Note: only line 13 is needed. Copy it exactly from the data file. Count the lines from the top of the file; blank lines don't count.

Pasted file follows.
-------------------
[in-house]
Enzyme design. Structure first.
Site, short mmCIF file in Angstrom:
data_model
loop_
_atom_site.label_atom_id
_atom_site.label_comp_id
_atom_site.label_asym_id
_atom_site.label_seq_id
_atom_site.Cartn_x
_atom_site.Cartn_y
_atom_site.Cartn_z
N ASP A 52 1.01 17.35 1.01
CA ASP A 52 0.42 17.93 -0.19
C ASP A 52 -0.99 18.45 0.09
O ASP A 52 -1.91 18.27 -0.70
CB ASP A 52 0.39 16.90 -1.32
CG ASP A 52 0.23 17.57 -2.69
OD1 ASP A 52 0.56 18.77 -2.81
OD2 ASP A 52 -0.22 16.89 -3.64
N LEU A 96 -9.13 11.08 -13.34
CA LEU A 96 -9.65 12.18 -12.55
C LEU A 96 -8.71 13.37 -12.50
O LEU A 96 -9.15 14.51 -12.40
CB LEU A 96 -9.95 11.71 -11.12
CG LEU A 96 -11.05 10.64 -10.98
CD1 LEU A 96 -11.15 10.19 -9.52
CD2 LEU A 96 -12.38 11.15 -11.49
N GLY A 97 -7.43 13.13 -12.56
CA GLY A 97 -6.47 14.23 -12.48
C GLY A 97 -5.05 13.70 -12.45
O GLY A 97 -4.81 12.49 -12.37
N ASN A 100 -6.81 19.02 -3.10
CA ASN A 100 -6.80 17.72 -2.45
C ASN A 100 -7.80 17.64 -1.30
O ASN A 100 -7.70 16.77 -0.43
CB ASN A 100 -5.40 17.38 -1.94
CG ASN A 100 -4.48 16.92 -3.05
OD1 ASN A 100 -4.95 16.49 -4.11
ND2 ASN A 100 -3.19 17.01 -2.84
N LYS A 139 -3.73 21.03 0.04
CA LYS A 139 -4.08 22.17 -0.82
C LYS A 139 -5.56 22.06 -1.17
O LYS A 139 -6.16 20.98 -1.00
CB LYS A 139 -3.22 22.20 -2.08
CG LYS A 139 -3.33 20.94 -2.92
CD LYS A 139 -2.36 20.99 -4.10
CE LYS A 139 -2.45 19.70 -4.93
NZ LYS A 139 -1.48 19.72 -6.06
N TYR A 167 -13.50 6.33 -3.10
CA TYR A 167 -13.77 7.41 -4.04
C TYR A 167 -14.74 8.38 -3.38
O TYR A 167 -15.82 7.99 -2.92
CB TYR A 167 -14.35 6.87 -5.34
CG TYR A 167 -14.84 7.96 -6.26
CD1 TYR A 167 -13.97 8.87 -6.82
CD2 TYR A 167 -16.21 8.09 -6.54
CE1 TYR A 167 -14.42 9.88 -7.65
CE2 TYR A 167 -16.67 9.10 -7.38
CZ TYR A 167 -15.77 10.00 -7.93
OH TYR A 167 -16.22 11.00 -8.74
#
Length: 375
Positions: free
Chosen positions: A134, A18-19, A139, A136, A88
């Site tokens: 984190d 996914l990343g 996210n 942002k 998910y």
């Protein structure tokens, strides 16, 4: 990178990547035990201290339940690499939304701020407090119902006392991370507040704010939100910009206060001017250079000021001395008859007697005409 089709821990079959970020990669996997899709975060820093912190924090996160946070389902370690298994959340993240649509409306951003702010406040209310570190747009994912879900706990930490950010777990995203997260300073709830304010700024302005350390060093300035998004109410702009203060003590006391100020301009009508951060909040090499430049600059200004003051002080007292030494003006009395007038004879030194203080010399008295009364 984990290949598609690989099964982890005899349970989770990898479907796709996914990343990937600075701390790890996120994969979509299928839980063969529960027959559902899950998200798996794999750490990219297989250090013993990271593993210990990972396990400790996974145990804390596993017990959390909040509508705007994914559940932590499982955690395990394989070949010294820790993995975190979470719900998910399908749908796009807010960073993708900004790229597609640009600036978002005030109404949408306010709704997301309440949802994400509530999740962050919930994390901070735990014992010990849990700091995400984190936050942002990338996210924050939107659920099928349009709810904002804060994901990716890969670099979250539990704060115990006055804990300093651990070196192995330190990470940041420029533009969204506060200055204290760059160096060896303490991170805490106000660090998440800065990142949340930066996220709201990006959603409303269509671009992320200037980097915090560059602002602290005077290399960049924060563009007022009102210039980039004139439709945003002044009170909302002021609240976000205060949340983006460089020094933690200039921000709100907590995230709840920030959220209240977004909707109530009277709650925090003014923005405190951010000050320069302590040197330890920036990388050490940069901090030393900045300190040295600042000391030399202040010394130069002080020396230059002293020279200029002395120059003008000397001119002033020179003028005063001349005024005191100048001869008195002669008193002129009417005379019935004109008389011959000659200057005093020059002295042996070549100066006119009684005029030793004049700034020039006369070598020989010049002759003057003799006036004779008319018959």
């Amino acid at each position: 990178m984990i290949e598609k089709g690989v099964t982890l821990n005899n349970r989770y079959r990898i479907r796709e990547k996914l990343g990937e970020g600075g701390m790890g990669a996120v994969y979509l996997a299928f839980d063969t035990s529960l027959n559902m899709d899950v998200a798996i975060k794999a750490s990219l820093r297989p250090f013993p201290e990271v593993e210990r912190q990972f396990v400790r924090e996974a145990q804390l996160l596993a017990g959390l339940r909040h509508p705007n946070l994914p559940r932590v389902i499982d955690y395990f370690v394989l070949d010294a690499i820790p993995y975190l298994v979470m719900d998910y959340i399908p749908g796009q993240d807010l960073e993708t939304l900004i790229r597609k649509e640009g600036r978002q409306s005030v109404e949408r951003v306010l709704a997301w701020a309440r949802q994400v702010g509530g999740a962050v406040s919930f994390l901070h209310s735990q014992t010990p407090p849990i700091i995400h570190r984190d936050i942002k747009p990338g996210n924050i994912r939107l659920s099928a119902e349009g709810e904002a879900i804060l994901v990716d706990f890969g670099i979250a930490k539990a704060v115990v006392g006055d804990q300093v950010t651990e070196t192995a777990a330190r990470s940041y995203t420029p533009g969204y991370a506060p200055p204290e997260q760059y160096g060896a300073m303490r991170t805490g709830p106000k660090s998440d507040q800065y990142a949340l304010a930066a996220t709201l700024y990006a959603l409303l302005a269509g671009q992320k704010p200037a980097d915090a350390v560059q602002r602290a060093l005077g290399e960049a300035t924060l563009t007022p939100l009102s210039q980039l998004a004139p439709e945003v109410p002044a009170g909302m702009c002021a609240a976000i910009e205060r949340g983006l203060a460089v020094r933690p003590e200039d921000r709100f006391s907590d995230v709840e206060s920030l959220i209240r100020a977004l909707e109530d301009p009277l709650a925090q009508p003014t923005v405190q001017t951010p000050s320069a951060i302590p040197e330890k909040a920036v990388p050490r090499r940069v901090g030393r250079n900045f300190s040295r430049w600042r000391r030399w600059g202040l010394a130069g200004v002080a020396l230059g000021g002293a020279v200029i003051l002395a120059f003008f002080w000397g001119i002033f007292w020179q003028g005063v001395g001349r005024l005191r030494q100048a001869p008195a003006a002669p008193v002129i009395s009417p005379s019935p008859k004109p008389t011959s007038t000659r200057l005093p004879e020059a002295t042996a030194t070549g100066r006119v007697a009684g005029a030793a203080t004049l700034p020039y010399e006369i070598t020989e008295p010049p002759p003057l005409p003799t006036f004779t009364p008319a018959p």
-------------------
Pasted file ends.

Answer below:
N ASP A 52 1.01 17.35 1.01